Relationship anxiety describes someone’s anxiety towards romantic partners, family members, or even platonic relationships (though it’s not a formal diagnosis). You may look for ways to keep the other person close by clinging to them, or you may push them away, unsure if they feel the same way you do. Therapy and stress management techniques can be effective in reducing the levels of anxiety people experience about their relationships.

Dating someone with depression and anxiety

What’s it Like to Date Someone With Depression and Anxiety?

Dating someone with anxiety is not unlike dating someone without anxiety. Some people are funny. Some people are smart. Some people are fun to be around. Even though the anxiety may feel like it has a heavy presence on your dating life (and there may be days where it does), the dating process of feeling out each other and seeing if you have a connection is no different.

Where anxiety tends to affect relationships has to do with how the couples support each other when a person has an anxiety disorder. When you’re dating a man with anxiety, for example, you may find he’s sensitive about it, since many men are taught that they have to be brave and anxiety is a sign of weakness. If you’re younger and dating a girl with anxiety, you may find she’s still coming to terms with her own anxiety among other stressors, like college life.

Common relationship challenges with anxiety and depression

Anxiety can influence every aspect of a person’s life, including romantic relationships. “Activities and situations that might bring ease, joy, and comfort to one partner might cause spiraling thoughts and sweaty palms to the other,” says Alter.

She explains that it can sometimes be difficult to enjoy social outings or activities together because one partner wants to leave early or not go at all, which may cause both partners to feel frustrated or helpless.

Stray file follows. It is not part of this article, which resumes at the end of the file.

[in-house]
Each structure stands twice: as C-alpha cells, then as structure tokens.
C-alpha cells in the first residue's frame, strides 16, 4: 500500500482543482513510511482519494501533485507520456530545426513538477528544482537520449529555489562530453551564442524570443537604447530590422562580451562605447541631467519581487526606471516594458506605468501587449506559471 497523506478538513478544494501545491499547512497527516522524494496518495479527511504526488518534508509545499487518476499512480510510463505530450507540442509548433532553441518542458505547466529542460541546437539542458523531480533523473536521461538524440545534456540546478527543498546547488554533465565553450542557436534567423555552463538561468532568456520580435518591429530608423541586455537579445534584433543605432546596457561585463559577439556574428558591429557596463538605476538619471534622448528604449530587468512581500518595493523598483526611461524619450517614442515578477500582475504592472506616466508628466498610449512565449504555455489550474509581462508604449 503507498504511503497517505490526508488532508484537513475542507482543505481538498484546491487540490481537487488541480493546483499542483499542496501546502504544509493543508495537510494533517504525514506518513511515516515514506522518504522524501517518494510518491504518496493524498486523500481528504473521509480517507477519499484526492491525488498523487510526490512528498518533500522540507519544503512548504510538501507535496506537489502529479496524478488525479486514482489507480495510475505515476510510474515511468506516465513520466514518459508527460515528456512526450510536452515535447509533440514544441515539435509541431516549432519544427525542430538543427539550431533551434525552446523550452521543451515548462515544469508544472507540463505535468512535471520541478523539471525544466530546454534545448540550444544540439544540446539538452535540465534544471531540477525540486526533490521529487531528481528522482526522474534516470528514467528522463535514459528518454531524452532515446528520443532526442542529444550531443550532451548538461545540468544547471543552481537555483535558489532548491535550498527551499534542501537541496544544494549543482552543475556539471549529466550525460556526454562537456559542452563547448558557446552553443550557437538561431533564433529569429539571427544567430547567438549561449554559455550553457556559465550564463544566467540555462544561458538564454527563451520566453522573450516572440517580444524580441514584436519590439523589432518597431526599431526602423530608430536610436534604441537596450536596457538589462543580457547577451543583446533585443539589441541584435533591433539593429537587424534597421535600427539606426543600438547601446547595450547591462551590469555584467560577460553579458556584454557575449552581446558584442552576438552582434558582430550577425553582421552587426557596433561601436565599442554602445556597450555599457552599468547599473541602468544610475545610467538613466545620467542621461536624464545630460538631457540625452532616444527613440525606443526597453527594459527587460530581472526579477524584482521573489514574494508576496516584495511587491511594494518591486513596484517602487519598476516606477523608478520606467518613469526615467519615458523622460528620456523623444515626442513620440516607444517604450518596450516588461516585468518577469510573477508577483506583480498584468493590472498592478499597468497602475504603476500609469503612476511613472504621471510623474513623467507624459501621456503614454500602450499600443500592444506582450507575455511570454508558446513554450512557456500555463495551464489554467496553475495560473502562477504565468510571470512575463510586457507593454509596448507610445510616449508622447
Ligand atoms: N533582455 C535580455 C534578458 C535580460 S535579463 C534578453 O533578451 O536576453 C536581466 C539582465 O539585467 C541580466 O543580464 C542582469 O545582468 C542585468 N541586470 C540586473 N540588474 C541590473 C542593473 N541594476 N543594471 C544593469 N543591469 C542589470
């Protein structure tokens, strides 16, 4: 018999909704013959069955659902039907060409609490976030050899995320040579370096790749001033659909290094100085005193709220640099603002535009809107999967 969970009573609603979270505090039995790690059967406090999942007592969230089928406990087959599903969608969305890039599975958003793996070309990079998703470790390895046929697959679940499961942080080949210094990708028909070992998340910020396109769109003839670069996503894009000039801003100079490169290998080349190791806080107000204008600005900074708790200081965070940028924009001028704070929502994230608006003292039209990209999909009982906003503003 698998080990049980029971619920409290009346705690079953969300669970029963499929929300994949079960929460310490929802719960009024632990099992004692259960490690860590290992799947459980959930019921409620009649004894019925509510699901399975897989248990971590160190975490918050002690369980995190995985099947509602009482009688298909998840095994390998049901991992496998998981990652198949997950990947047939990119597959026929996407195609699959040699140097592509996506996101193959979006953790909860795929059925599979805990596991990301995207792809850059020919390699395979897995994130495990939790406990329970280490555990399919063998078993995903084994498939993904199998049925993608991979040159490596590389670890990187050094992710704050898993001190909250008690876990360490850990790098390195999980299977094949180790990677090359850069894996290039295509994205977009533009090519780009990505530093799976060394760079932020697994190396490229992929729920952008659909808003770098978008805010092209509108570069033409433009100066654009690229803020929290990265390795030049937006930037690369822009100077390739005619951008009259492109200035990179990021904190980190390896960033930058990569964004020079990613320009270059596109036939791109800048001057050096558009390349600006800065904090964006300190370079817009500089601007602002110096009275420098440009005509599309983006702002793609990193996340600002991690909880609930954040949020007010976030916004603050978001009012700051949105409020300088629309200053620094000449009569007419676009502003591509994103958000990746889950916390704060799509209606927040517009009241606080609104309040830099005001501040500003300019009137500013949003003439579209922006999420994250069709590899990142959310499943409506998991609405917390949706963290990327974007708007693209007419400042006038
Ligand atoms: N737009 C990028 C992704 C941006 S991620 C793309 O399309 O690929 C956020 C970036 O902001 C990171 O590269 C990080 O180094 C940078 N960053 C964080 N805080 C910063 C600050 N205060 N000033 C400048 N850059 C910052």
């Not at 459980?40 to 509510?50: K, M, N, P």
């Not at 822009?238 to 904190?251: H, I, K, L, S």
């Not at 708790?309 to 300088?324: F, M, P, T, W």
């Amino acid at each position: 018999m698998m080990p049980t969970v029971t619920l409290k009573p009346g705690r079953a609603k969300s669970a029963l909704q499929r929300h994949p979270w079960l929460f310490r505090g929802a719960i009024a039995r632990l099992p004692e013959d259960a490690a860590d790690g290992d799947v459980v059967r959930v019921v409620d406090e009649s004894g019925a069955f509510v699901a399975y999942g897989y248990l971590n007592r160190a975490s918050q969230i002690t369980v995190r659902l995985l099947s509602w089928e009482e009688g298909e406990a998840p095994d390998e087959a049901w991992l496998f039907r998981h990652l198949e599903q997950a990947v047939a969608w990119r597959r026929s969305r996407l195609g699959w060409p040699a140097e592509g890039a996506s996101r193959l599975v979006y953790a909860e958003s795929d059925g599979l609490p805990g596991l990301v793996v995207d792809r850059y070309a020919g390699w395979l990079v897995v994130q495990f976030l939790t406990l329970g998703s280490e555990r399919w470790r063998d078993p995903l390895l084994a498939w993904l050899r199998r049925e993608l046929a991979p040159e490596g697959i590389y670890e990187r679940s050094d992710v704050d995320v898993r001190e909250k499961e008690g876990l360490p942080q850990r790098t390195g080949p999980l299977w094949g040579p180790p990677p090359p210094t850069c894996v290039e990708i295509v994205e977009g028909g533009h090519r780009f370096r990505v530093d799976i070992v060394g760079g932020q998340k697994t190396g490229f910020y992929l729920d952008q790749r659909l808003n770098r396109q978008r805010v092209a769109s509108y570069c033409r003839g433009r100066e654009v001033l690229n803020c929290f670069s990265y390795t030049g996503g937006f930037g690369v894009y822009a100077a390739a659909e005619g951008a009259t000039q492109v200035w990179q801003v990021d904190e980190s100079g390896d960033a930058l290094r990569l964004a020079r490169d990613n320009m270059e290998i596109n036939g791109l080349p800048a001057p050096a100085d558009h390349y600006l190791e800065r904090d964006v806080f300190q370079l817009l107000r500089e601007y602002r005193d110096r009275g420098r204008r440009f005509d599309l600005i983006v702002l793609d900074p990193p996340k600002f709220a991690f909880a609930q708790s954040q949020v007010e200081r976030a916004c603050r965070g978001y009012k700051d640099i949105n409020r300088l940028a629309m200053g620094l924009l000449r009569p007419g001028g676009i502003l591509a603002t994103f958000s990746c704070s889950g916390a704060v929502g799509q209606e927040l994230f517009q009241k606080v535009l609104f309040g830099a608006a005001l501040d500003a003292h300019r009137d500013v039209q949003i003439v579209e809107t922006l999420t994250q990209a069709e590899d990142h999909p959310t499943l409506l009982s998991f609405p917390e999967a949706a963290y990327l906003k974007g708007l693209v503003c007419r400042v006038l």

READ ALSO: LOVING SOMEONE WITH (DEPRESSION):THINGS TO CONSIDER WHEN LOVING SOMEONE WITH DEPRESSION

Challenges may arise if the partner with anxiety experiences fears related to the relationship itself.
Some words/question they think/ask may include

What if I love them more than they love me?
What if they cheat on me?

Are they lying to me?

Do they like someone else more than they like me?

Are we going to break up?

Is my anxiety or depression going to ruin our relationship?

What to Say When Your are dating someone with Anxiety and depression

When you are in the moment, helping your partner manage an anxiety episode, you may be unsure of what to say. You don’t want to say anything that will make your partner more anxious, after all.

Here are some ideas of what to say in these moments:

“I’m here and I’m listening.”

“I know you are feeling overwhelmed.”
“It’s going to be OK.”

“That’s a lot for you to deal with right now.”

“I know how strong you are.”

“Would you like me to sit with you?”

“I am here, and you are not alone.”

“Is there anything I can do to help?”

What to say when dating someone with depression and anxiety

What Not to Say when dating someone with anxiety

At the same time, there are some things you might feel tempted to say which aren’t helpful at all, and might even add to your partner’s anxiety.

Here are the types of things to avoid saying:

“Don’t be so scared of everything.”

“That makes no sense.”

“Calm down!”